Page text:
The stereotypical scientist is focused: intensely focused. Imagine an aging white man with wild, graying hair and wide eyes behind thick, dark-rimmed glasses. He is so focused that nothing matters but science. A social life? Superfluous. Hobbies? Unnecessary. Fashion? “My neon pocket protector fits squarely in my lab coat.” Stereotypes often have some basis in reality, but they over-simplify, ignoring the complexities of life. True, scientists are usually focused and driven. But they are also people, usually well-rounded, intelligent people. My scientist-colleagues are musicians, athletes, artists, and naturalists. They travel, play video games, and care for children. Yet (probably owing at least in part to my own unconscious predilection to stereotype), I am often surprised and awed when I find examples of scientists who excel in an arena decidedly different from scientific pursuits. Surprise and awe was exactly my reaction when Optical Allusions by Jay Hosler showed up in my mailbox, because the book displays not only Hosler’s talent for teaching science but also for producing art.

My favorite thing about Optical Allusions is its originality. New things often come from the combination of established entities or traditions. Examples of this abound in the current issue of Evolution, Education and Outreach, as numerous articles describe how a major factor in the evolution of eyes is new combinations of existing biological components. Even inventors have fused existing things into something new, such as the lottery ticket-scratcher that is a combination of coin and key chain (Gregory 2008). The combination of comic book and educational scientific text, which Hosler has also used in two previous books, is the fantastically novel idea explored in Optical Allusions to convey information about evolution, eyes, and vision in the context of a fun and creative comic story. Having a comic story that introduces science concepts is a great advantage for visual learners (like me). Hosler has used his comic illustrations to great effect, producing several highly memorable images that convey scientific concepts.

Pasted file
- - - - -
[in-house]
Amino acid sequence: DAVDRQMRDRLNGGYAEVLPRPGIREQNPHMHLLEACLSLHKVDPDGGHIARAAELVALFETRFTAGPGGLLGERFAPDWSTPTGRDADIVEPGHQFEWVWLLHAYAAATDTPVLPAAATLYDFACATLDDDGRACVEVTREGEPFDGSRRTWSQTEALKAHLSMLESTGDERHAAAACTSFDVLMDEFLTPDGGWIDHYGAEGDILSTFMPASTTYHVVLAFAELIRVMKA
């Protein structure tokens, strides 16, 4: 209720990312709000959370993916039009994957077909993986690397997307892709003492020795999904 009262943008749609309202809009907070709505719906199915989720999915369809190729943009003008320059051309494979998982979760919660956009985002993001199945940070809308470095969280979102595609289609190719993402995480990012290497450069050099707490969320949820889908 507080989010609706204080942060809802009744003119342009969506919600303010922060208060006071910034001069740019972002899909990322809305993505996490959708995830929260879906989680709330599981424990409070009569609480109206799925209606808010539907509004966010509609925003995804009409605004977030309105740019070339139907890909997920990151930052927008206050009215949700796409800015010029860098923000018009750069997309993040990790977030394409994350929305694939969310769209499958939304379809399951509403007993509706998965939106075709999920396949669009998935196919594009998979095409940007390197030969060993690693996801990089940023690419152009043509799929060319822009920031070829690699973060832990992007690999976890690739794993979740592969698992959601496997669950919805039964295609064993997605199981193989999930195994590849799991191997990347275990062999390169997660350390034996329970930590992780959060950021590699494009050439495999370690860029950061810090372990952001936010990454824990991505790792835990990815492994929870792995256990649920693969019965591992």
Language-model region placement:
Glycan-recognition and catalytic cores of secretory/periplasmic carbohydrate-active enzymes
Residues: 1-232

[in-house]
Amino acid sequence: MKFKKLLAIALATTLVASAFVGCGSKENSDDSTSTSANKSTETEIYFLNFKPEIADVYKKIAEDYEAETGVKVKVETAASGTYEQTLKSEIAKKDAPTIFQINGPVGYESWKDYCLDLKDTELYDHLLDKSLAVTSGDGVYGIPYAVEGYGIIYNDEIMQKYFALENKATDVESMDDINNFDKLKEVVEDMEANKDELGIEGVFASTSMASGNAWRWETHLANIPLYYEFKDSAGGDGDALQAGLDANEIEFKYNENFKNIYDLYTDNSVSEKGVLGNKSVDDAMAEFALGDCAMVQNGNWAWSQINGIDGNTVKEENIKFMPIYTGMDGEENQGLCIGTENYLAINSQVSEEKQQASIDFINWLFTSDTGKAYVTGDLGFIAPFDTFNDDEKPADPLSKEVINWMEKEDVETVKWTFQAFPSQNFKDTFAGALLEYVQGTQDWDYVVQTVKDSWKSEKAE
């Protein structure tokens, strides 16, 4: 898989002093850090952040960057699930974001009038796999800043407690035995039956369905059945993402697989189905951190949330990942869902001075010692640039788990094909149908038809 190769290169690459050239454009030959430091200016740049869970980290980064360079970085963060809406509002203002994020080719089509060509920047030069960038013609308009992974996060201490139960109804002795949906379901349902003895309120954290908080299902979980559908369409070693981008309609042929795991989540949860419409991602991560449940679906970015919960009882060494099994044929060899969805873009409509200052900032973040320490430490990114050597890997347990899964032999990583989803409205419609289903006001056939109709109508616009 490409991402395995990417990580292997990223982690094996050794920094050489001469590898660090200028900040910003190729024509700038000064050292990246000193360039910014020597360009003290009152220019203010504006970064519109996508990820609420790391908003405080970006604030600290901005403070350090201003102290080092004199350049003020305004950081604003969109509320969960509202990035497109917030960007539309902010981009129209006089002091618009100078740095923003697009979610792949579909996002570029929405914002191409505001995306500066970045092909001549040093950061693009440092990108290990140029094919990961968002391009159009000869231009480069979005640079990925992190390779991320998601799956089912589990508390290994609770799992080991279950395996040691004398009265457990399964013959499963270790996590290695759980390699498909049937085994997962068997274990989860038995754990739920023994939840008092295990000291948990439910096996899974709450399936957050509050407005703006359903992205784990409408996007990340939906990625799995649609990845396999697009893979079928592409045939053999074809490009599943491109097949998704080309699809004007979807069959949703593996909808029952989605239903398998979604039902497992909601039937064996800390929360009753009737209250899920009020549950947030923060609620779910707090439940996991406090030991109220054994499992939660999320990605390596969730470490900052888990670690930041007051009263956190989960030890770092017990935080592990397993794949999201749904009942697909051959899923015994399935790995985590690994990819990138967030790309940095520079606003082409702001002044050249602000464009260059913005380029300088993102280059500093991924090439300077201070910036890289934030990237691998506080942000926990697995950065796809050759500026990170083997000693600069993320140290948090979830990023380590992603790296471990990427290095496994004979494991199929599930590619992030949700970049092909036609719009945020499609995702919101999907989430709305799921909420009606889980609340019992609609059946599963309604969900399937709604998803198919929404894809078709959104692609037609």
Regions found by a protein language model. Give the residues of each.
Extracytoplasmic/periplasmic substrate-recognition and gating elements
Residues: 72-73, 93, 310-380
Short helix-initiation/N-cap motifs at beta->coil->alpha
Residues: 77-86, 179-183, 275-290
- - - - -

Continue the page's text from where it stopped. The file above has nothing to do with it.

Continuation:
Combining comics and science is not the only original feature. The comic story itself is wildly inventive. The story follows the main character, Wrinkles the Wonder Brain, who is a brain without a person—no stranger than all the people walking around without a brain, as Wrinkles points out. Oh, and by the way, that is not his bottom. It is his cerebellum, thank you very much. In Chapter 1, Wrinkles quickly encounters trouble when he accidentally drops a magic eye into a vat of distilled human imagination. Armed with a bagful of newt eyes that allows him to go where and when he wants, Wrinkles plunges (ploops) into the vat to try to retrieve the lost magic eye. This is no easy task. Human imagination is vast, as Hosler demonstrates with this book.

In Chapter 2, Wrinkles meets Charles Darwin on an island, sitting behind a stand that Charles obviously acquired from Lucy van Pelt of Peanuts fame (“the doctor is IN”). Darwin teaches Wrinkles how to make an eye using evolution. This takes 364,000 years (but only one comic page), with Wrinkles and Charles acting as predators on little brains that gradually evolve complex eyes to help evade predation. Charles Darwin yelling “tuck in kid,” before playing dominant predator on a gaggle of scurrying brains is one of the unforgettable images I mentioned (Fig. 1). This is all fine and good for Wrinkles, but after so many those millennia, he gets impatient. “When do the eyes become magical?” Wrinkles asks, anxious to find his lost magic eye. Darwin replies that magic only exists in books and suggests that Wrinkles find the mythical Cyclops of Homer’s Odyssey. With a bite on one of the magic newt eyes, Wrinkles wishes to go to the Cyclops.